The events of the last couple of months illustrate the difficult dilemmas we are facing as global demand for vaccines greatly exceeds available supply. The global nature of the pandemic and the development of new variants demonstrate that no country is safe until every country is safe.
Like many other countries, the EU has also struggled with the lack of transparency in the delivery of vaccines, the production of which it has pre-financed. Our inquiries into reasons for delays did not result in satisfactory answers from some vaccine manufacturers. In order to ensure that vaccines and their ingredients are not directed to export destinations in unjustified volumes, the European Union had no choice but to introduce a transparency mechanism on Covid-19 vaccine export transactions.
We are in a situation where some vaccine producers have overpromised and under delivered. They have committed more than what they produce. In this situation, we need to ensure a transparent distribution of vaccines and avoid a situation where the much-awaited vaccine goes to the highest bidder or distribution is left to the arbitrary decision of vaccine producers.
The European Union understands the concerns that WTO Members have expressed. Paradoxically, the scheme and the reactions from other WTO Members clearly demonstrate the need to agree on guiding principles in the WTO for the imposition of trade measures and in particular regarding transparency. The EU has put in place an export authorisation fully in line not only with our WTO obligations but also with our G20 commitments. The scheme has been notified immediately to the WTO.
In the spirit of international solidarity, the EU has also exempted from the scope of this measure 92 vulnerable countries, which do not have sufficient financial resources and sufficient production capacity to supply their population with vaccines in adequate quantities. We have also exempted neighbouring countries who, through their close integration in the EU’s market and supply networks depend on vaccines supplies from the EU. More broadly, we have exempted any COVAX supplies from the scope of the measure to allow this global facility to achieve its goal of equitable distribution of vaccines across the globe. We were happy to see that first supplies were delivered to Ghana and the Ivory Coast just last week.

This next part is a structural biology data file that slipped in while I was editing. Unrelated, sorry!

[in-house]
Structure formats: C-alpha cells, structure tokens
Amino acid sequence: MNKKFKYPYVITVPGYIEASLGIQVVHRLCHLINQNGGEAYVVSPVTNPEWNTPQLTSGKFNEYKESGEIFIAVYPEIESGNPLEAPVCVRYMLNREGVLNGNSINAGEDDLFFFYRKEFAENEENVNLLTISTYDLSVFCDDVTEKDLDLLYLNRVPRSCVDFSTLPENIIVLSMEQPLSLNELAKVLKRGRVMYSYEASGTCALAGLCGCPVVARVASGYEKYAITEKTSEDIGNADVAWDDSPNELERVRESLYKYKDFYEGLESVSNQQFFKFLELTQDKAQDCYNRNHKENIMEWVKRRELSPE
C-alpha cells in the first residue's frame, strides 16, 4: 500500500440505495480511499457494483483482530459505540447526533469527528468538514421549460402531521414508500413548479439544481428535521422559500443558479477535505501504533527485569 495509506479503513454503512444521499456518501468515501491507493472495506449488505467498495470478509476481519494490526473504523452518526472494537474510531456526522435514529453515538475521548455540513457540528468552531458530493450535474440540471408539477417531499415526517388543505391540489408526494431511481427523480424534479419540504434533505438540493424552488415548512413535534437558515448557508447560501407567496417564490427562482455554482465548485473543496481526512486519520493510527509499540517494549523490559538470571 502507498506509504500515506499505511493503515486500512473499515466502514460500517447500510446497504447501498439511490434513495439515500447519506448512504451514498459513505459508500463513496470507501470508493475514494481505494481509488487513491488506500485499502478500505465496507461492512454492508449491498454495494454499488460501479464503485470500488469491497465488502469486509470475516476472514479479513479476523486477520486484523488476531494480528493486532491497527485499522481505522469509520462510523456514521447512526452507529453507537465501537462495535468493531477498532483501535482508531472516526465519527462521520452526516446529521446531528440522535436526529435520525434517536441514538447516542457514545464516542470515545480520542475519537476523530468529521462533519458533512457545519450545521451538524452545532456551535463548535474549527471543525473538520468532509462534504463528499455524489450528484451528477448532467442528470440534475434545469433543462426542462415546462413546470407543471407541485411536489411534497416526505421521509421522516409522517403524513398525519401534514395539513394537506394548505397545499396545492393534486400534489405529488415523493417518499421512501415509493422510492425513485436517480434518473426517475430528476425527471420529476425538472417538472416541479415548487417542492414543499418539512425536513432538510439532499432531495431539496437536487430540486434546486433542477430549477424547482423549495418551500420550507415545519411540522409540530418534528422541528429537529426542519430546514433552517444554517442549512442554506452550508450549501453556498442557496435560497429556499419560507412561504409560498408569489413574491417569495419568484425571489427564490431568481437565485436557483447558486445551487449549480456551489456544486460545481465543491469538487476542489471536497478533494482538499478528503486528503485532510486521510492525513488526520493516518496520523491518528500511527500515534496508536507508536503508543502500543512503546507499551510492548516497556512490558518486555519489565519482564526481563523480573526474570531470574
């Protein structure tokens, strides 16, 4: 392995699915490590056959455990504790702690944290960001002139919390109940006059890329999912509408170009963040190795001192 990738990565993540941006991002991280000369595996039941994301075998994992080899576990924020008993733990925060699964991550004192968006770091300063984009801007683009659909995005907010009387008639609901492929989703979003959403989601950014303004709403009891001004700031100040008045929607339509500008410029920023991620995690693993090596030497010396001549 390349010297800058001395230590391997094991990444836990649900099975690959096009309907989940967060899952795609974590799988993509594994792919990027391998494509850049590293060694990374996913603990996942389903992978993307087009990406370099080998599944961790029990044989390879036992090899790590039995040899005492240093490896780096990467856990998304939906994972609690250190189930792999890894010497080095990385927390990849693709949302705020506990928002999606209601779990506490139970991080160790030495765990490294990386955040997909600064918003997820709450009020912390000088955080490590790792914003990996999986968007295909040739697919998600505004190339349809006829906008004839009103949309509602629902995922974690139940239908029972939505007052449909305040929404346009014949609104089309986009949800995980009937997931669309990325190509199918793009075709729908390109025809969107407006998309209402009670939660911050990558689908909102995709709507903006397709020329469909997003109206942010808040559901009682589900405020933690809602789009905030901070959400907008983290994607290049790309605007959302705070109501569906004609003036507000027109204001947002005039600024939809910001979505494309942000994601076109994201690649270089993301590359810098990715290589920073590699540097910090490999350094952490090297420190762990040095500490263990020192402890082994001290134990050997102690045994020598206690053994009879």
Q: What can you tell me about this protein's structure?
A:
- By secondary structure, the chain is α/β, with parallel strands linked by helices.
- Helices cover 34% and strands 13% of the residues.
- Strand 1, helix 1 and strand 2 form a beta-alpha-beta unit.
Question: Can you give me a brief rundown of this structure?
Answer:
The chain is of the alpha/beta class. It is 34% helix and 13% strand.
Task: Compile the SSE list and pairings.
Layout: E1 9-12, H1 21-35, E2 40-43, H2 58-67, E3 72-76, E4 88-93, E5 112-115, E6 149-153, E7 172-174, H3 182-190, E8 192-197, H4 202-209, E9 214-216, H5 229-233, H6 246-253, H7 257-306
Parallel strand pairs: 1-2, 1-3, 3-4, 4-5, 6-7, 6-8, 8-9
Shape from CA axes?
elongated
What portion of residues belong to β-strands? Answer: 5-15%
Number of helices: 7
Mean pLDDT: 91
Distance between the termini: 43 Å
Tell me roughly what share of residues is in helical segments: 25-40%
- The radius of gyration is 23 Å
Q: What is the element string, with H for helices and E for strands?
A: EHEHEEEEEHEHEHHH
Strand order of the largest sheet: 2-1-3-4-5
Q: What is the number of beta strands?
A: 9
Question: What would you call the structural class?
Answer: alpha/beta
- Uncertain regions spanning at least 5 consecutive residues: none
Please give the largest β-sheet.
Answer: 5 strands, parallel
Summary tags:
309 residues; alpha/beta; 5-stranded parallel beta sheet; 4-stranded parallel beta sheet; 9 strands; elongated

I can also reassure WTO members that this mechanism does not create unnecessary barriers to trade or any disruption to global supply chains.
Since the entry into force of the scheme on the 1 February, we have received 150 requests for export authorisation. All of them have been accepted. I repeat, all of them.
Therefore, the measure has not slowed down the export of vaccines and the data compiled so far indicate that the EU is the biggest vaccine exporter worldwide, in a situation where there are very little exports from other OECD or G-20 countries. Indeed, it should be underlined that the EU is the sole significant exporter of Covid-19 vaccines amongst OECD members. The EU is not engaged in vaccine nationalism.
It should be recalled that the Covid-19 vaccine production capacity in Europe, that we share with the world, was created through the EU’s support to vaccine producers in the form of the Advanced Purchased Agreements. The EU has not restrained the ability of vaccine producers to engage with other partners, but expects them to be fair when delivering on their contractual obligations.
However, the root causes of the problem lie elsewhere: the exploding global demand is well above the global production today. As long as this global industrial challenge is not met, and the world population is not vaccinated quickly enough, we will all face a risk of a continuing health emergency including new Covid-19 variants and a prolonged economic crisis.